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Our Bolivia Adventure: Back to El Salar

April 1, 2015|Posted in: Bolivia, Bolivian Salt Flat

Salt Flats

Guest Blog by Lili Mahlab

We woke up at 5:30, had breakfast by 6:00, and were in our jeep in the predawn hours of the morning.

Finally, as we entered into the salt flats, we had an appreciation for this incredibly vast expanse that gave way to miles and miles of salt.

It took over an hour driving a distance of 120 kilometers for us to get to our first stop, the Cueva Chinquini.

A few millennia ago, the area was completely flooded.  Active volcanoes in the area would spew lava which would tumble into the cold waters thus creating the formations that we see today.  The cave was recently discovered 5 years ago by a man that the locals thought was crazy.  That said, his discovery has become a major tourist attraction.

Cave entrance

Later on, we learned how to harvest salt using pick axes and shovels.  What is incredible is that the layers of salt go down as far as nearly 400 feet.

There are actually 11 layers of salt, each between 6 – 30 feet in depth with perhaps 10 billion tons of salt – the largest deposit of salt in the entire world.

Area where salt is being harvested

Towards the late morning, we ended up in Tahua, a village in the salt flats, where we met some of the women of the Tahua Mother’s Club. This is a group of 12 women who profit from their woven goods to help support the families.

On that particular day, a number of regional girls’ basketball teams were in Tahua competing. Since the Mother’s Club was across the street from the school, we spent some time watching the girls compete while their families cheered them on.

town of Tahua

After spending some time with the Tahua mothers, we gave the school principal many of the school supplies we brought along with us. We then headed over to the somewhat quirky Museo Chantani. The museum is the creation of Don (means Señor) Santos, who scoured the mountainside to collect hundreds of artifacts, including a thousand year old mummy.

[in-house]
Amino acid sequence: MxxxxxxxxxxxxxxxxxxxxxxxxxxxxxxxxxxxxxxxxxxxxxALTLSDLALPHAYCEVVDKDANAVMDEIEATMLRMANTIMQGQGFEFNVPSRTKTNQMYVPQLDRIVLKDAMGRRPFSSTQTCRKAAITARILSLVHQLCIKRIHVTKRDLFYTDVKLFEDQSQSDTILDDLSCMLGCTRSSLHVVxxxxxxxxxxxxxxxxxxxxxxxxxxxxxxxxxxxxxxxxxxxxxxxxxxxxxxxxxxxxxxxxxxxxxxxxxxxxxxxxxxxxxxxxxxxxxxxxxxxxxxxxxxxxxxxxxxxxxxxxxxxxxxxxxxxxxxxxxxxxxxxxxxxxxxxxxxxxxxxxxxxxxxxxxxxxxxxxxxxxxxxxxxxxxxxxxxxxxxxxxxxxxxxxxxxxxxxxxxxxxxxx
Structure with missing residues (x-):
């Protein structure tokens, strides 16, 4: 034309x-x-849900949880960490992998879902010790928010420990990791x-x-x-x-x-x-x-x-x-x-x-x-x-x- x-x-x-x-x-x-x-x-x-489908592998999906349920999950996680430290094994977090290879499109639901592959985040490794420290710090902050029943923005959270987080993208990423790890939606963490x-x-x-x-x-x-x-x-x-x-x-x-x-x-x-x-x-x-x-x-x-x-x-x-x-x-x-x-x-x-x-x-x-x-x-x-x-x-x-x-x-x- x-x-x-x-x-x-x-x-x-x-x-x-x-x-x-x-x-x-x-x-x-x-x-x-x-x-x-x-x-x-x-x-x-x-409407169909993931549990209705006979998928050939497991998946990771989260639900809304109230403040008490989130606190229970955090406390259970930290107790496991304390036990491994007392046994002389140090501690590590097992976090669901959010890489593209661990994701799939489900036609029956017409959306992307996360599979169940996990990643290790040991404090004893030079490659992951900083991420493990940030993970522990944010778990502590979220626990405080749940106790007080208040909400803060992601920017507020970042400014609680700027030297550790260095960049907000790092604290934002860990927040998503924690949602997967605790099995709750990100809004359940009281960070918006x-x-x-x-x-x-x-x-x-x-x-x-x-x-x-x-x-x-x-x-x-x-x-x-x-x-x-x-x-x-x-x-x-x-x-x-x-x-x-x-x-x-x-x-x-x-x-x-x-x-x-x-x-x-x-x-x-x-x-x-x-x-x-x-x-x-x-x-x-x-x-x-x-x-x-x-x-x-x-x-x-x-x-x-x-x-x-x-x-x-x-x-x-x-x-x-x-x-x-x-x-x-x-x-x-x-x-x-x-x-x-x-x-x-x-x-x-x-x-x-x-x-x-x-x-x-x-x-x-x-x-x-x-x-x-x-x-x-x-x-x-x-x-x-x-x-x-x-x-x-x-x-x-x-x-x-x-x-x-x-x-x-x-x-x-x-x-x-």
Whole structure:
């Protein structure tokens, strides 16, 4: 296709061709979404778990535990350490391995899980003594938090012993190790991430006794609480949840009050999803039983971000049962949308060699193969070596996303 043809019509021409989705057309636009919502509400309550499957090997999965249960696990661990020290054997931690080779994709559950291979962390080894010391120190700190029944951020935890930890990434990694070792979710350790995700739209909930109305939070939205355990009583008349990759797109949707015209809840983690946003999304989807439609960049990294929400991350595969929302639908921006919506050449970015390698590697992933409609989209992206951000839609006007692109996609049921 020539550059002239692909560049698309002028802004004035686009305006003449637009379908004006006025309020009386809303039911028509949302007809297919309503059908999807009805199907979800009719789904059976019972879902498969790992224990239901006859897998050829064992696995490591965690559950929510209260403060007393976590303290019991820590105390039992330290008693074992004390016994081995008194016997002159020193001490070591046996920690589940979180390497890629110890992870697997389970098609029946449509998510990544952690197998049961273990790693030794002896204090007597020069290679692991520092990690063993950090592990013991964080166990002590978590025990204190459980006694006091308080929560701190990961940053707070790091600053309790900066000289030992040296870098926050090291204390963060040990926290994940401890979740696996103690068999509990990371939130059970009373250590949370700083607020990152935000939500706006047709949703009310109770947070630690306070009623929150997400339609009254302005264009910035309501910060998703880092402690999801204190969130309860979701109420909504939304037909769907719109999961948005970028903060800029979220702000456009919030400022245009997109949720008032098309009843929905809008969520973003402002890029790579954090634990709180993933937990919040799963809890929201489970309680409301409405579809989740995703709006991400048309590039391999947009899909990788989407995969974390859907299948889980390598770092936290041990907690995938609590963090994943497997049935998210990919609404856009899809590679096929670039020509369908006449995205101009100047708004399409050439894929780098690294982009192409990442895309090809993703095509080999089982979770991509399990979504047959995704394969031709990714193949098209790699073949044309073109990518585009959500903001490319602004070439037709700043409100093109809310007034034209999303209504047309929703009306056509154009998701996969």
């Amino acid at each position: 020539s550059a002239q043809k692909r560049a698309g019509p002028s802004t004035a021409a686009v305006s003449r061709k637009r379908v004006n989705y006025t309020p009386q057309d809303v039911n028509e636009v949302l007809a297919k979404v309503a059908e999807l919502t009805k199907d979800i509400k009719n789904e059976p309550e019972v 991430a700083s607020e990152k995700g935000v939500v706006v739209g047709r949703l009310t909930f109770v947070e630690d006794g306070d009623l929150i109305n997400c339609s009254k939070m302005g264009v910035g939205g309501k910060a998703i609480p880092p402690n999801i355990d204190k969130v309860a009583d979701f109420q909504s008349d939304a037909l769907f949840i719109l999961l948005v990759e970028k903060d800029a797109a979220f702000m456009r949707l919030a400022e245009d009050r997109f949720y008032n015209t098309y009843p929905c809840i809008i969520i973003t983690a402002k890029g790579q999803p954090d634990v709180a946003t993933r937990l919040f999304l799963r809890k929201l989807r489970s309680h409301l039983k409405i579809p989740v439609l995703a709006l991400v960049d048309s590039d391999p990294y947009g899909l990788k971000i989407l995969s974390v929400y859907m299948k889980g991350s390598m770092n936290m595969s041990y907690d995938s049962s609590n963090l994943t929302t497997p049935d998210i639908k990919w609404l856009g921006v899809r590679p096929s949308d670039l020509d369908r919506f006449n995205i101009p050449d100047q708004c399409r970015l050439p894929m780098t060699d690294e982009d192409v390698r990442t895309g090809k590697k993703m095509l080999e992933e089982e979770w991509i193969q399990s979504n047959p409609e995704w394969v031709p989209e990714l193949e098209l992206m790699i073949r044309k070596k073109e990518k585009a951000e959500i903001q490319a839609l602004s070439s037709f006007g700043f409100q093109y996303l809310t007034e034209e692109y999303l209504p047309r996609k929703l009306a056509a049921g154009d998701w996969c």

Initially, all the locals thought he was crazy.  However, over a period of time, he collected an impressive array of antiquities, which are displayed alongside his own unique rock carvings. He charges a modest amount and even invites visitors to join his wife as they herd their llamas to the pastureland on the edge of the salt flats.

clay pots

We capped off the afternoon by having a picnic lunch in the pasture alongside the llamas.  By that time, the weather had warmed up considerably and we were able to shed our jackets albeit we wore a couple of lighter layers.

Rock sculptures

After lunch, we reentered the salt flats and headed over to Isla Incahuasi (also known as Isla del Pescado), one of the more popular “floating islands” (there are roughly 50 volcanos that protrude above the salt flats).

Located more or less in the heart of the salt flats some 50 miles west of Colchani, this beautiful island is covered in giant cacti and is surrounded by miles and miles of hexagonal shaped salt plates.

The island was filled with tourists – the majority who seemed to be backpackers under the age of 30.

views at the top

Picnic tables were lined up all along the edge of the island.  In the distance, para-sailors were pulled along by jeeps across the flats.

The round trip hike to the top of the island took about an hour and the views at the top were breathtaking, certainly worth a visit.

We made a few smaller stops before heading back to another salt flat hotel, the Cristal Samana, perhaps a bit cozier than the Palacio de Sal, with a wonderful fireplace and living room just outside our door.

Cristal Semana

That night, the hotel was fully booked with a very large group from Japan who were all taking a 140 day tour around the world on the “Peace” boat.  Despite the language barrier, we were able to share stories and photos of what we had all seen that day on the Salt Flats.



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